Because each paired trap array had equal trap nights, we were able to model the daily number of captures in "N" versus "S" plots rather than using the rate of captures per trap night. Daily capture observations from both summers were modeled as functions of stilt grass presence/absence and soil moisture, soil temperature, and relative humidity using negative binomial regression. This form of regression is based on the negative binomial distribution, which has a right-skewed frequency distribution with an excess of zeroes. Trapping and other count-based data typically have such a distribution (Cameron and Trivedi 1998). We evaluated a set of 11 candidate models to determine which of the four variables would best model species-specific captures using AICc (AIC adjusted for small sample sizes). Model fit for each species was assessed via examination of the Pearson chi-square ratio of the global models (the model consisting of all candidate parameters). This ratio is simply the chi-square statistic divided by degrees of freedom; numbers close to one indicate general model fit. If a global model fits the data suitably, then any subset model will have a similar fit (Burnham and Anderson 2002).
AICc was used instead of QAICc (AICc corrected for overdispersion; Richards 2008) since overdispersion was accounted for by negative binomial modeling. Akaike weights were calculated for each model to determine which of the candidate models best explained the data. Individual parameter weights were used to rank microclimate variables for each species. Stilt grass presence/absence could not be ranked in this way because it was included in a greater proportion of the model set than other variables.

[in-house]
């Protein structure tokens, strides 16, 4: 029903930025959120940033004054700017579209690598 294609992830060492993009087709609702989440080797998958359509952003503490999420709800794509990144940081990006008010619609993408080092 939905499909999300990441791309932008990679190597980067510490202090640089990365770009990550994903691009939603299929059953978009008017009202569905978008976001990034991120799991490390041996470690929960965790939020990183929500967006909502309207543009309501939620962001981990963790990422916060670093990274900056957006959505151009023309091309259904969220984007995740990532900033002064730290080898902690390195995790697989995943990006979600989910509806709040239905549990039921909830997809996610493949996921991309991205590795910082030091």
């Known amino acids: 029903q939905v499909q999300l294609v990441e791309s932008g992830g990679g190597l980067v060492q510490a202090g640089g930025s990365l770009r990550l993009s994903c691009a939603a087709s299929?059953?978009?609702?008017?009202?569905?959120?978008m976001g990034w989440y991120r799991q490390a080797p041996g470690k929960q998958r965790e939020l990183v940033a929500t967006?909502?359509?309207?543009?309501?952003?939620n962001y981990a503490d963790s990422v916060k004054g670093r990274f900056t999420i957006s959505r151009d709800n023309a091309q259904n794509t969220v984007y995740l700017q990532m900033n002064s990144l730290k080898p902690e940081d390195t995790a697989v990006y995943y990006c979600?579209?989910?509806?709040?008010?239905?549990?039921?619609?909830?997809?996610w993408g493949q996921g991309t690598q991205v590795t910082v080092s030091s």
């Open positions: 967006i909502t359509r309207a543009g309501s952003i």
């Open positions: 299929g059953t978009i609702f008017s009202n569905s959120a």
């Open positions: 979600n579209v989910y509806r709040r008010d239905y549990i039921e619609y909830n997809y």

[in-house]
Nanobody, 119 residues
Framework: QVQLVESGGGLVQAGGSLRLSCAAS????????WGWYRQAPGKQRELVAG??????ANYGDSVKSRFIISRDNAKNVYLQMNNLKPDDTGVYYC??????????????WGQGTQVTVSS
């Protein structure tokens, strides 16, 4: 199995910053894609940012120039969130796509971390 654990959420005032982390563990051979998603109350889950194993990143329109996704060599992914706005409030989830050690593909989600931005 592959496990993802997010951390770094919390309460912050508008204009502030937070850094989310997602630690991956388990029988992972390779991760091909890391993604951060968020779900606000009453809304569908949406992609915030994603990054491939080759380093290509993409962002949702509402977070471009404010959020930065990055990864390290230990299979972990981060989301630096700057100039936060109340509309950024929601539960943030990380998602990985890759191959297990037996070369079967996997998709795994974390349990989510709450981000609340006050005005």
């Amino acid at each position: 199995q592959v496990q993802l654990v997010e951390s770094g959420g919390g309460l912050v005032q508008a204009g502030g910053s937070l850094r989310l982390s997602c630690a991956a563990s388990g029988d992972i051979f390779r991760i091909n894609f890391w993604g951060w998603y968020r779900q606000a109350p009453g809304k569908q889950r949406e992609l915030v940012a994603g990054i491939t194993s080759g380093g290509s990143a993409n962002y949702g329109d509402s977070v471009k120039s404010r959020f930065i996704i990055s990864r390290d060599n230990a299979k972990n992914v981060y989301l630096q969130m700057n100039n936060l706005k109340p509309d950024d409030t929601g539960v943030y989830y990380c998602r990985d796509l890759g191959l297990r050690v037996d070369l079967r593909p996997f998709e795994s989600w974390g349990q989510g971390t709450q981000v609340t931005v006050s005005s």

Inference from the single best model may not yield the most precise estimates unless the best-fit model is vastly superior to the others. If a number of models are supported it is preferable to draw inferences from these models rather than the single best model. In order to calculate the average estimates of each parameter, subsets consisting of supported models were made. We defined "supported" by calculating relative likelihood of all models and including those models with a relative likelihood > 1/8 in the subset for each species. Model-averaged coefficients and unconditional standard errors were calculated using these subsets and their recalculated Akaike weights (Burnham and Anderson 2002).
Four anuran species, wood frog, pickerel frog, spring peeper, and American toad, were captured during both seasons, more often in "S" arrays than "N" arrays. Specifically, we caught 24 wood frogs inside stilt grass arrays and 15 outside them, 46 pickerel frogs inside and 18 outside, 10 spring peepers inside and 5 outside, and 47 American toads inside and 30 outside.
All microclimate conditions remained fairly stable in each area throughout each season. Soil moisture appeared to be positively associated with stilt grass presence (48.98 + 1.77% vs. 37.48 + 1.60% [mean + SE]). Soil temperature (21.28 + 0.12°C vs. 20.70 + 0.13°C) and humidity (88.48 + 0.65% vs. 85.78 + 0.92%) were higher in S plots, although the biological effect of these small differences is arguable.
We constructed models for three of four species; not enough spring peepers were trapped to provide sufficient data to build models for this species. Our model sets for each species consisted of: four 1-parameter models of each main effect (stilt grass presence/absence [Stilt], soil moisture [SoilM], soil temperature [SoilT], and relative humidity [Hum]); three 2-parameter models consisting of stiltgrass and each main efect; three 3-parameter models with interaction terms crossing stilt grass and each microclimate variable; and a global model containing all main effects and the three interactions. Global models for all species sufficiently fit a negative binomial distribution (Pearson chi-square ratio of global models = 0.99, 1.05, and 1.04 for pickerel frog, wood frog, and American toad, respectively).